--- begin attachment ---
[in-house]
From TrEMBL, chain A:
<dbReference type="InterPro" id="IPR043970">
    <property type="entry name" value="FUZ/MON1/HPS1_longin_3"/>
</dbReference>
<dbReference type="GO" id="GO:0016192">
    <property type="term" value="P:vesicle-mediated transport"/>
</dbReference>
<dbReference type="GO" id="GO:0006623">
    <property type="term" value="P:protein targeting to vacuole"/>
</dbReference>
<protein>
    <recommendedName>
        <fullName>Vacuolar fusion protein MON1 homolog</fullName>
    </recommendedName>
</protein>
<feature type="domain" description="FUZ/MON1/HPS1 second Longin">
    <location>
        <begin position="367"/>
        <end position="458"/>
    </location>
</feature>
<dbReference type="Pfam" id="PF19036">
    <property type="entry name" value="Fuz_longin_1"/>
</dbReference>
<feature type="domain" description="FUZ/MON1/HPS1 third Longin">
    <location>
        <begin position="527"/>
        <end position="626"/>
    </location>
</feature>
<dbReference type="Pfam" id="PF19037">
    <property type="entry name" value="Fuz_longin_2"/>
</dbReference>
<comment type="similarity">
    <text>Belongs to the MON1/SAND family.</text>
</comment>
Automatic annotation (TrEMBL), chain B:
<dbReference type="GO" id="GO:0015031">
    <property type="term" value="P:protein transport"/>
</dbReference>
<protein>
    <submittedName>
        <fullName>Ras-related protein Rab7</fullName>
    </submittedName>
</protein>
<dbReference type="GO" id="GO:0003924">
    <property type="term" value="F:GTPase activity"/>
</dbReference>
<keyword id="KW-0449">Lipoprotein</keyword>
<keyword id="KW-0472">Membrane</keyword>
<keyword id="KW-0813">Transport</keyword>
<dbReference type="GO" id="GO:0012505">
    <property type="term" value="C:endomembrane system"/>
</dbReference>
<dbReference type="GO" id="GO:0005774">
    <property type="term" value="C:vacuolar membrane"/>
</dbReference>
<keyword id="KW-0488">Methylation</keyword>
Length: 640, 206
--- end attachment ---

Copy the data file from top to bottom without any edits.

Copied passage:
[in-house]
From TrEMBL, chain A:
<dbReference type="InterPro" id="IPR043970">
    <property type="entry name" value="FUZ/MON1/HPS1_longin_3"/>
</dbReference>
<dbReference type="GO" id="GO:0016192">
    <property type="term" value="P:vesicle-mediated transport"/>
</dbReference>
<dbReference type="GO" id="GO:0006623">
    <property type="term" value="P:protein targeting to vacuole"/>
</dbReference>
<protein>
    <recommendedName>
        <fullName>Vacuolar fusion protein MON1 homolog</fullName>
    </recommendedName>
</protein>
<feature type="domain" description="FUZ/MON1/HPS1 second Longin">
    <location>
        <begin position="367"/>
        <end position="458"/>
    </location>
</feature>
<dbReference type="Pfam" id="PF19036">
    <property type="entry name" value="Fuz_longin_1"/>
</dbReference>
<feature type="domain" description="FUZ/MON1/HPS1 third Longin">
    <location>
        <begin position="527"/>
        <end position="626"/>
    </location>
</feature>
<dbReference type="Pfam" id="PF19037">
    <property type="entry name" value="Fuz_longin_2"/>
</dbReference>
<comment type="similarity">
    <text>Belongs to the MON1/SAND family.</text>
</comment>
Automatic annotation (TrEMBL), chain B:
<dbReference type="GO" id="GO:0015031">
    <property type="term" value="P:protein transport"/>
</dbReference>
<protein>
    <submittedName>
        <fullName>Ras-related protein Rab7</fullName>
    </submittedName>
</protein>
<dbReference type="GO" id="GO:0003924">
    <property type="term" value="F:GTPase activity"/>
</dbReference>
<keyword id="KW-0449">Lipoprotein</keyword>
<keyword id="KW-0472">Membrane</keyword>
<keyword id="KW-0813">Transport</keyword>
<dbReference type="GO" id="GO:0012505">
    <property type="term" value="C:endomembrane system"/>
</dbReference>
<dbReference type="GO" id="GO:0005774">
    <property type="term" value="C:vacuolar membrane"/>
</dbReference>
<keyword id="KW-0488">Methylation</keyword>
Length: 640, 206